Glitch puts Social Security numbers online

February 15, 2006

By Chau Lam, Staff Writer,0,7781591.story?

The Suffolk county clerk's office has exposed the Social Security numbers of thousands of homeowners on its Web site, and officials said they don't have a way to remove them. And soon, a new plan will make it easier to retrieve them.

Mortgages and deeds that contain Social Security numbers for an estimated 7,000 to 8,000 individuals have been "scanned" and posted on the county clerk's Web site.

They can be accessed with a tax map identification number, which is also public record. In the next few weeks, users who pay a $30 daily subscription fee will be able to search the documents dating as far back as 2001 from any computer with just a name or address, county officials said.

Robert Clifford, a spokesman for the Suffolk district attorney's office, said identity theft is a big problem for his office and he was surprised the numbers are available on a county Web site.

"It's not only disheartening, it's crazy," he said.

The county clerk's office began posting the documents online in 2003, intending to make them more accessible and make the process more efficient, as well as make money from the publication of millions of land records.

County officials, including Legis. Edward Romaine (R-Center Moriches), who until December was the county clerk, said these documents are a matter of public record - whether someone shows up at the county offices in Riverhead to view them or whether they do so online.

"We're a recording office. We cannot alter the documents offered to us," said Romaine, who'd overseen the project.

The problem, he said, occurs when mortgage companies and others who fill out these documents put client's Social Security numbers on them before delivering them to the clerk.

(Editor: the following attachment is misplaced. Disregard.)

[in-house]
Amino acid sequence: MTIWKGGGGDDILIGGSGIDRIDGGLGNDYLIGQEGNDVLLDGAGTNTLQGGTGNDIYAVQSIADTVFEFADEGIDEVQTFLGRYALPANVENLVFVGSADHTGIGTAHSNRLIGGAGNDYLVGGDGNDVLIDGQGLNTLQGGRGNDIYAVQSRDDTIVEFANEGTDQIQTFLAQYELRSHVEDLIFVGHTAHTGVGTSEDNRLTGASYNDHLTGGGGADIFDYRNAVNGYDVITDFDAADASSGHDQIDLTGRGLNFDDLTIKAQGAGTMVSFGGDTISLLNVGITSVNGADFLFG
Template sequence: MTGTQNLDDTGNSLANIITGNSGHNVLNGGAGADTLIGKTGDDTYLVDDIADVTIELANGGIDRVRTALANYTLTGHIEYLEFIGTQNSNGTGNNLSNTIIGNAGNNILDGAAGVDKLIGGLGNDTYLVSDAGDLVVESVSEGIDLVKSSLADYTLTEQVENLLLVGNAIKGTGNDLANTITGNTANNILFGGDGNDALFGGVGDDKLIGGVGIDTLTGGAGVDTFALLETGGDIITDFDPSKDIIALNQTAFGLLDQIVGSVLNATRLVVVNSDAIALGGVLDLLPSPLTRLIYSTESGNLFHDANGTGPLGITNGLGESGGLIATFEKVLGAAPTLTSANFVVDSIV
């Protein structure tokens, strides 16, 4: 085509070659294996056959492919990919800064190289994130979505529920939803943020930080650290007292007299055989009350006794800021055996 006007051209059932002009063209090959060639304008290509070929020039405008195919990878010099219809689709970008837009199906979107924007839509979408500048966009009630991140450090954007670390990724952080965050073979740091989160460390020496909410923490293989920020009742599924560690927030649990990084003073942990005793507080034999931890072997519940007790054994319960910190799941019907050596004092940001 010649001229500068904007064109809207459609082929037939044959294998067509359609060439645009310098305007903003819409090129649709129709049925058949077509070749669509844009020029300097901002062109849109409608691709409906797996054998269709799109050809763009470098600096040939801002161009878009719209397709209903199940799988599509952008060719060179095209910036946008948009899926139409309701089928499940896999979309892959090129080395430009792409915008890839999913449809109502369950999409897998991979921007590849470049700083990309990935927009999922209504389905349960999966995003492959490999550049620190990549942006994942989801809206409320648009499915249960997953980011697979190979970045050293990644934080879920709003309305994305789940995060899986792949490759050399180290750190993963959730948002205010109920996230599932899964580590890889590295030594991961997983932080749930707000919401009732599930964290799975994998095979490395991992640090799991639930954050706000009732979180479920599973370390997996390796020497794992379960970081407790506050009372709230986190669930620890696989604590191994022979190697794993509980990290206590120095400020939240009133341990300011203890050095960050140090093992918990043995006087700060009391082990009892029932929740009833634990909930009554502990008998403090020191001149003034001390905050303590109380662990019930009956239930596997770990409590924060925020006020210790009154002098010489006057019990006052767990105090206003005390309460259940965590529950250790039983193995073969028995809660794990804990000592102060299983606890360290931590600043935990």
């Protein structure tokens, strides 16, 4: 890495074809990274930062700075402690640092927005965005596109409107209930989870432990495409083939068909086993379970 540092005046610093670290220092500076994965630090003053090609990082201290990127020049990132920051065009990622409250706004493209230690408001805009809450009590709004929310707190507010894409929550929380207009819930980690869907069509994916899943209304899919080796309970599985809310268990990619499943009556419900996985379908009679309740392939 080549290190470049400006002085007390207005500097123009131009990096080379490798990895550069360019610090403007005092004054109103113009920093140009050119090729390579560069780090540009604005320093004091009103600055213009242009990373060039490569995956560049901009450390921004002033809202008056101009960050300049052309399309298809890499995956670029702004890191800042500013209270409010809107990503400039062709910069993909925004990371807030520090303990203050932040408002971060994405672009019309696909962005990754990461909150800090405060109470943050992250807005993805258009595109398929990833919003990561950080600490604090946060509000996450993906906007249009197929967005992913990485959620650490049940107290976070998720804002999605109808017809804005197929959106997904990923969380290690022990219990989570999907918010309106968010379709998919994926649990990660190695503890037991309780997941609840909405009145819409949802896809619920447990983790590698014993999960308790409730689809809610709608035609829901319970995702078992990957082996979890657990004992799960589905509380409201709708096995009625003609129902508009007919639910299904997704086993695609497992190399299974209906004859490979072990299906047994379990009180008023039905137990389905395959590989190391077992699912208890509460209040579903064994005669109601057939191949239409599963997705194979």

Although there is no way to hide the nine-digit numbers from documents already scanned, the county plans to implement a new program in the next few weeks to block the numbers from newly recorded documents.

Tomorrow, local lawmakers are expected to call for state legislation to let the county automatically refuse to process documents that include the numbers.

With tax map identification numbers provided by a title examiner, a search of the county clerk's Web site in recent weeks found Social Security numbers belonging to one Suffolk legislator, a TV weather forecaster, a registered nurse, a retired Wall Street executive, a retired senior partner of an international law firm and others.

"I don't like having my Social Security number hanging out there. People are prone to take advantage of any identification," said the retired Wall Street executive, who spoke on condition that his name not be published. "If something untoward happens and if there are damages, they [the county] are financially responsible."

The same dilemma has cropped up with other counties across the nation, such as in Texas and Virginia.

Nassau County has not yet begun to put its land records online. But according to Christopher Como, a title examiner in the Suffolk clerk's office, 15 of the state's 61 counties do post such documents on public Web sites.

Como insists that thieves looking for personal identification information will have better luck searching garbage bins, because he estimates that only 7,000 to 8,000 of the nearly 2 million documents on Suffolk's Web site contain the Social Security numbers.

"It's like looking for a needle in a haystack in a hay field," Como said.

However, searches may also be conducted at the clerk's office in Riverhead based solely on a person's name and address.

Donna Lieberman, executive director of the New York Civil Liberties Union, said government officials should make use of technology that blocks private information from outside inspection.

"The county has, at least, an ethical responsibility to minimize the risk," Lieberman said.

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